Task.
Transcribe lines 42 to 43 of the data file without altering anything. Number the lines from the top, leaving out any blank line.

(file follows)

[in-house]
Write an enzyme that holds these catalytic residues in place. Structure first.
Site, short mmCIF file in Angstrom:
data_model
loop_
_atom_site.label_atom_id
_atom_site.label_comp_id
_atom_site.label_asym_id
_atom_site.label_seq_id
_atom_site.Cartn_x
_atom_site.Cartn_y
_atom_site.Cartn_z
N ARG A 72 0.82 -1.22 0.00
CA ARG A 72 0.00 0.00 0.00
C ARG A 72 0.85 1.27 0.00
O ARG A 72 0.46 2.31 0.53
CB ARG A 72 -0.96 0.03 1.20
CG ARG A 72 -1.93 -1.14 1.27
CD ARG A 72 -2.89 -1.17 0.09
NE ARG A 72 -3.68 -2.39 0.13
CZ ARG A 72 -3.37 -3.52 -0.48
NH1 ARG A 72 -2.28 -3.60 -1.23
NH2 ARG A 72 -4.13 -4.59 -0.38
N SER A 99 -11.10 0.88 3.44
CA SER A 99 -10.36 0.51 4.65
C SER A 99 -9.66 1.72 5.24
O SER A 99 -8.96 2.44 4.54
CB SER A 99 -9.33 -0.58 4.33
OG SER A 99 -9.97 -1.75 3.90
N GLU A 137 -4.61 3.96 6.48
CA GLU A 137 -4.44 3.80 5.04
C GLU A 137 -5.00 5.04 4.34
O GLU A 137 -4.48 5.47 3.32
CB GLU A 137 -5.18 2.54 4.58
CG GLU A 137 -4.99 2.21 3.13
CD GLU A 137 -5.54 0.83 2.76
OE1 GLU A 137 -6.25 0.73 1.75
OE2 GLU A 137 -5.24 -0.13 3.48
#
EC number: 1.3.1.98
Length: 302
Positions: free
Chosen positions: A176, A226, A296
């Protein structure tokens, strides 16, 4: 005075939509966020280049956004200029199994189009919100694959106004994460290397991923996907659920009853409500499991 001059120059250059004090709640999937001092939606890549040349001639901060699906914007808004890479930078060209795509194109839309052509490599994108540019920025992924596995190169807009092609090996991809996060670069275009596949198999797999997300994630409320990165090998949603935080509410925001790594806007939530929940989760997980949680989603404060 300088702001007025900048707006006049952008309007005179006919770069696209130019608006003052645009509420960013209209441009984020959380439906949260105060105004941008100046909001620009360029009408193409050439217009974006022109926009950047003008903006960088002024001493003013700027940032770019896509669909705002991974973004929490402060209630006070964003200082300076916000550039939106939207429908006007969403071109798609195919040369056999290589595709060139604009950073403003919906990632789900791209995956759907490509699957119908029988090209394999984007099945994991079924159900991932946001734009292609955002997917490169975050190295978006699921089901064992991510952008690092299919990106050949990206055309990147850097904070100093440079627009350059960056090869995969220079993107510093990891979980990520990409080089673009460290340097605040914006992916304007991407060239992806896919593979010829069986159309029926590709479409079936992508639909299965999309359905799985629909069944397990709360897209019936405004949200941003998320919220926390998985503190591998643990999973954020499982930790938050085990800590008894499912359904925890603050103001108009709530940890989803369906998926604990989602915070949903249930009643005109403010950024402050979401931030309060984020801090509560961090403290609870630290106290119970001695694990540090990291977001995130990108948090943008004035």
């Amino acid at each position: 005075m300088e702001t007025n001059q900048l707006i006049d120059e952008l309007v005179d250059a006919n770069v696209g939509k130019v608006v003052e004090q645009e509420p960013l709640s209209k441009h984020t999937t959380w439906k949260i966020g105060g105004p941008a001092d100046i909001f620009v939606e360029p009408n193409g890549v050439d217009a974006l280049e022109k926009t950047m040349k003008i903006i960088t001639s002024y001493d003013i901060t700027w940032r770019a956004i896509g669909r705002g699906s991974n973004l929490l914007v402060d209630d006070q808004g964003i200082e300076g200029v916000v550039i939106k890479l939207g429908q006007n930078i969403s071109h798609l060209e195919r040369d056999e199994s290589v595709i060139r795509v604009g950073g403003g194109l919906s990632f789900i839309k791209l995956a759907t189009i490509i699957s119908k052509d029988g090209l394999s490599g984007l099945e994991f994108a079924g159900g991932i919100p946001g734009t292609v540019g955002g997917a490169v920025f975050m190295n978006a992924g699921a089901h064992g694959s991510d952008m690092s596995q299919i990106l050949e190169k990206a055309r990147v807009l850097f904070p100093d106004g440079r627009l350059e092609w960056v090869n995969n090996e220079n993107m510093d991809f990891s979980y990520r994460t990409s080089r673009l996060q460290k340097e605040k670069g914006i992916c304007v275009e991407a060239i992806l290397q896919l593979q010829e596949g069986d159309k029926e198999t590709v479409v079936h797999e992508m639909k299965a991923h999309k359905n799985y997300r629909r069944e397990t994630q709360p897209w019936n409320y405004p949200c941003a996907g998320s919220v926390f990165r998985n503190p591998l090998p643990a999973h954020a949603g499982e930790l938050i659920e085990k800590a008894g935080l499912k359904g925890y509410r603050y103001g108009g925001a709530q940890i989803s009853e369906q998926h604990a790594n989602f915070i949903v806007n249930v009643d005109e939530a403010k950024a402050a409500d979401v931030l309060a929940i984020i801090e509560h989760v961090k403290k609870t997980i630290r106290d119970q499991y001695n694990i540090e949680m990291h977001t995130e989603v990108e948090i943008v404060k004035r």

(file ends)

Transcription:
Positions: free
Chosen positions: A176, A226, A296